Not on display
- Louise Bourgeois 1911–2010
- Fabric, hanging piece
- Object: 2032 x 685 x 711 mm, 15 kg
- ARTIST ROOMS
Tate and National Galleries of Scotland. Lent by the Artist Rooms Foundation 2013
On long term loan
Couple I is a hanging sculpture comprised of two stuffed textile pieces sewn together, depicting two headless, hanging figures in an embrace. Bourgeois used fabric, lace, socks, nylon tights and one of her own blouses to create the sculpture. One figure is made of fabric associated with more masculine clothing; blue pinstriped shirt and black flannel. The other figure has more feminine attributes including a lace collar and stuffed pair of black nylon tights. The arms and legs of the masculine figure are sewn together around a metal meat hook, which is used to hang the work on wire from the ceiling. The feminine figure sits in the looped torso, with nylon legs hanging down at either side and a single limb reaching around the torso of the other fabric body. Couple I formed part of an installation displayed in the bell tower of St Pancras Church in London for the exhibition ‘The Visible and the Invisible’ in 1996. Bourgeois made four figurative stuffed fabric sculptures for this piece: Single I 1996, Single II 1996 (Tate AL00229), Couple I 1996 and Couple II 1996. All of the sculptures were hung from the bell tower except Couple II, which was displayed nearby on the floor.
In this work Bourgeois addresses the complex nature of relationships. The masculine and feminine figures of Couple I are locked in an embrace that could be read as both supportive and strained. The masculine figure both constricts and holds the feminine figure. Likewise, she encircles him with a caring arm whilst straddling and weighing down his hanging body. The curator Lucy Askew has argued that, ‘hanging from a meat hook, these archetypes lack the capacity to move or part and are bound in an embrace that suggests more anguish than pleasure.’ (Askew and d’Offay 2013, p.83.) Yet their proximity and dependency could also be indicative of an intense emotional attachment as well as the physical act of having sex. Indeed the suspension of Couple I suggests the destabilizing feeling of falling in love. On the notion of the hanging figure, a recurring conceit in Bourgeois’s practice, the artist has said: ‘Horizontality is a desire to give up, to sleep. Verticality is an attempt to escape. Hanging and floating are states of ambivalence.’ (Quoted in Askew and d’Offay 2013, p.48.)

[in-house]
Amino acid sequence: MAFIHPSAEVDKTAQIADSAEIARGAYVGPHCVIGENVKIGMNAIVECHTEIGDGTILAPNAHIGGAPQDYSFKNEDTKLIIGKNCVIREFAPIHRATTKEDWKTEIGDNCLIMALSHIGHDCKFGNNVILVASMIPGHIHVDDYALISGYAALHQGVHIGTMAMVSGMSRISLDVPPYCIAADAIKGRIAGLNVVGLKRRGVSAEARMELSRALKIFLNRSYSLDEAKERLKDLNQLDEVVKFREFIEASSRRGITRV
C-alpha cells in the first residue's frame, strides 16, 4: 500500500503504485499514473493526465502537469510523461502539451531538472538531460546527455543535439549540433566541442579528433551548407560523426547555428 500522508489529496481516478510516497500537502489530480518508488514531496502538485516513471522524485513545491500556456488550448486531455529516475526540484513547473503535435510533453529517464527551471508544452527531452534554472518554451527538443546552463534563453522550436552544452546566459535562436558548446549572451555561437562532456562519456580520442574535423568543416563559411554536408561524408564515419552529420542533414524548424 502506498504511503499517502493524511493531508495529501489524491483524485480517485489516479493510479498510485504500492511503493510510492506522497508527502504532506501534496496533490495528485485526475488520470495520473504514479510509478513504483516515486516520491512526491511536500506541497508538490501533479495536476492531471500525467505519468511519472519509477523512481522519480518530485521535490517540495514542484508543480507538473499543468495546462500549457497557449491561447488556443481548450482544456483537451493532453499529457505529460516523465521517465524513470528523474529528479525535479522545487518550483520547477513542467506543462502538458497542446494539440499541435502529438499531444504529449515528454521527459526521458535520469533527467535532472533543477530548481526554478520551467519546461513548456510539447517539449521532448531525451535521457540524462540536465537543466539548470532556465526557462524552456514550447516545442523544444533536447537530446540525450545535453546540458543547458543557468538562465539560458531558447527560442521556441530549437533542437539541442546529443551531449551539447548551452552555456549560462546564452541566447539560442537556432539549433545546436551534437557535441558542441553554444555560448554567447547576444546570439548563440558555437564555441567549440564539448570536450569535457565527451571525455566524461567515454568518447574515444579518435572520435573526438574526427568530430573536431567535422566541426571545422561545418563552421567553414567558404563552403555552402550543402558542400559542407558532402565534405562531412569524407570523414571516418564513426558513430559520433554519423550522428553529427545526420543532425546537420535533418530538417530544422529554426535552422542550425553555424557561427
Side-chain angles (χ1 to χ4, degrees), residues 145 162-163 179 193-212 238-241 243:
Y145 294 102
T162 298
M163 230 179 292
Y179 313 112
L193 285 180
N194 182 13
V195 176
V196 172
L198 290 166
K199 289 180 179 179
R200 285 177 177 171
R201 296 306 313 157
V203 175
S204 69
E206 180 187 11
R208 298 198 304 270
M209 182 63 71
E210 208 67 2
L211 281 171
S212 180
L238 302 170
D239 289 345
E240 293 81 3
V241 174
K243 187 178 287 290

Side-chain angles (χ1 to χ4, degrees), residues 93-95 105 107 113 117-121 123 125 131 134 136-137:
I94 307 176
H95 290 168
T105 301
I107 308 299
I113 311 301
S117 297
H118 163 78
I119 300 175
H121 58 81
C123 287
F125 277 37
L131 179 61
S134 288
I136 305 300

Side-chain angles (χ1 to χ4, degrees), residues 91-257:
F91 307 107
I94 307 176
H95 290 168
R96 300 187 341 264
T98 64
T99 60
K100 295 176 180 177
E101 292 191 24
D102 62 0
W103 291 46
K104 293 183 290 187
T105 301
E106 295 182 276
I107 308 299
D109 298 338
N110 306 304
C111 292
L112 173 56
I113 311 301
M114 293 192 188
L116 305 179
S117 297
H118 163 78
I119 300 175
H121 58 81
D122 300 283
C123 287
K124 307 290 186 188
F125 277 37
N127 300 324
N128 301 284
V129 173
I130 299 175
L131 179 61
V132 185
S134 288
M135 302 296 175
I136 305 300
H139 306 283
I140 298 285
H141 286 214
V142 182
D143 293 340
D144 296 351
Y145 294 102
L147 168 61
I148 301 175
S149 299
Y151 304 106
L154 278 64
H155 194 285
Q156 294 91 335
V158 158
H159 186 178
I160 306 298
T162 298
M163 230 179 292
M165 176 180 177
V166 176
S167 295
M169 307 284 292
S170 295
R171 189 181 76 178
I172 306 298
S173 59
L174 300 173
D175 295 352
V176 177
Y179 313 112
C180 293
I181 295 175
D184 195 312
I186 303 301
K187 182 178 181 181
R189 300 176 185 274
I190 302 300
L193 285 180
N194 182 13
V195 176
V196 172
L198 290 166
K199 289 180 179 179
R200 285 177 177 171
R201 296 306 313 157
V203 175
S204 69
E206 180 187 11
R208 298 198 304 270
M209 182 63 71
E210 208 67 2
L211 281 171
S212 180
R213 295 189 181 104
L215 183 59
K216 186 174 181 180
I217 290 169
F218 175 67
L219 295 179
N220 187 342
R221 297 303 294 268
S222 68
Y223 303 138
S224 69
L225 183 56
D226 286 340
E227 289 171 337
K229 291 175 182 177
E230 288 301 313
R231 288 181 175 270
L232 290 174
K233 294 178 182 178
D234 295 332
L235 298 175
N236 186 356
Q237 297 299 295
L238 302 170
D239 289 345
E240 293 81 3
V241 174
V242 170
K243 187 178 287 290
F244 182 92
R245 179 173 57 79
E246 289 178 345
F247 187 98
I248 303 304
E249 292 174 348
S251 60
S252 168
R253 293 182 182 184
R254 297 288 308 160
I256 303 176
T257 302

As the figures float in space, they almost form an infinity symbol suggestive of the inexorable cycle of a relationship. Yet the ‘timeless’ nature of the work – we are unsure of the age of the headless figures – might be read as the artist’s reflection on her own past relationships. This correlates with curator Marie-Laure Bernadac’s argument that Bourgeois’s intense focus on the nature of sexual relationships between men and women in her later career ‘can be seen to derive from the return of repressed memories.’ (Quoted in Morris 2007, p.90.)
Mignon Nixon, Fantastic Reality: Louise Bourgeois and a Story of Modern Art, Cambridge, Massachusetts, and London 2005.
Frances Morris (ed.), Louise Bourgeois, exhibition catalogue, Tate Modern, London 2007, pp.90–2, reproduced p.92.
Lucy Askew and Anthony d’Offay, Louise Bourgeois: A Woman Without Secrets, exhibition catalogue, National Galleries of Scotland, Edinburgh 2013, p.83, reproduced pp.25, 47.
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